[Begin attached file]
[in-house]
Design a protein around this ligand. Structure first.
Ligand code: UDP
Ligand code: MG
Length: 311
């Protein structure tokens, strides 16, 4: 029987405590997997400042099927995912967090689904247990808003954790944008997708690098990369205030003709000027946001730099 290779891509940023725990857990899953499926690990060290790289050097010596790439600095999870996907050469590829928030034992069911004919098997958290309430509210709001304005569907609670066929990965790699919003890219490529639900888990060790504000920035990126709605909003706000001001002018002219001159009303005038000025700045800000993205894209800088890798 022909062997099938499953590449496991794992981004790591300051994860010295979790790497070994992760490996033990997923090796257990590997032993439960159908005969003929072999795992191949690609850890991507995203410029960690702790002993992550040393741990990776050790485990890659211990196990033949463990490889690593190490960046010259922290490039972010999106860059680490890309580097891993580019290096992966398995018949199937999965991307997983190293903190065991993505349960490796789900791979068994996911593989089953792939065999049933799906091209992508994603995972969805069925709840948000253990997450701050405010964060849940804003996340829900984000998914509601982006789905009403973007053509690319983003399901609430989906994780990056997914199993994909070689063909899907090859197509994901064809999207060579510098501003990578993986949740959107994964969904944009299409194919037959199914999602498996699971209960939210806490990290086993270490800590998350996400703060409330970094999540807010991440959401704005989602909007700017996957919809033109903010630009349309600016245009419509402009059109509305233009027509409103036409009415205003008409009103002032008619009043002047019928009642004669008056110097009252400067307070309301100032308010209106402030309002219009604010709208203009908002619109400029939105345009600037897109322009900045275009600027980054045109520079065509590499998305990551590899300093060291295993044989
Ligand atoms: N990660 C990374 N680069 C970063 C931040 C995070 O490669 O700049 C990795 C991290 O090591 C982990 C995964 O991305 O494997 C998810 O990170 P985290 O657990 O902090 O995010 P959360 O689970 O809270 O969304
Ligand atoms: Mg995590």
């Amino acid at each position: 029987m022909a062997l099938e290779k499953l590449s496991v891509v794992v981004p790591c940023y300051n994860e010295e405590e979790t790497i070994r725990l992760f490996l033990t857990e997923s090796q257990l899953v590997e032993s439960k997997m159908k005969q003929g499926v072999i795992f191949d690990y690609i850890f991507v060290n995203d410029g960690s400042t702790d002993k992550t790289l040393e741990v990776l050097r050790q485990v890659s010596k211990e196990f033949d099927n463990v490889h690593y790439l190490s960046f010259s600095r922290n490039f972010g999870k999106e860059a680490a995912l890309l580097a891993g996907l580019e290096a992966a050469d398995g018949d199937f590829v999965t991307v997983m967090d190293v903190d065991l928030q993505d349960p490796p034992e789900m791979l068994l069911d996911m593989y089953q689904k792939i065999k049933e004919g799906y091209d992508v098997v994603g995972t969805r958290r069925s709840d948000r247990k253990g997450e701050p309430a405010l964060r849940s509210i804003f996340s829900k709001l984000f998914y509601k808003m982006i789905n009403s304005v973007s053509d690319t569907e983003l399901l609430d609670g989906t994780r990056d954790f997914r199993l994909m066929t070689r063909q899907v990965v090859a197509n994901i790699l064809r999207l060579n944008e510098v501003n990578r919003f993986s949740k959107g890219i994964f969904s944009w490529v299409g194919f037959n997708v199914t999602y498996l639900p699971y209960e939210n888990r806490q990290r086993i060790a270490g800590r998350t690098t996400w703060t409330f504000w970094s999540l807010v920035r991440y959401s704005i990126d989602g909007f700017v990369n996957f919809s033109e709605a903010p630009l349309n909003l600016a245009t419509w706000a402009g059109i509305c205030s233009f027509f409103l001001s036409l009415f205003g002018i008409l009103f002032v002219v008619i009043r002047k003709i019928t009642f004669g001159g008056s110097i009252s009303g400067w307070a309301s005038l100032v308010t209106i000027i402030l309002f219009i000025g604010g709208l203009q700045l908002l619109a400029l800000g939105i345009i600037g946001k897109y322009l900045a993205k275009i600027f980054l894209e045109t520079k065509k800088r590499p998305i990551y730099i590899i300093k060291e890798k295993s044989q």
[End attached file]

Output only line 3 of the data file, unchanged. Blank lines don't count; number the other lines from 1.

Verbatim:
Ligand code: UDP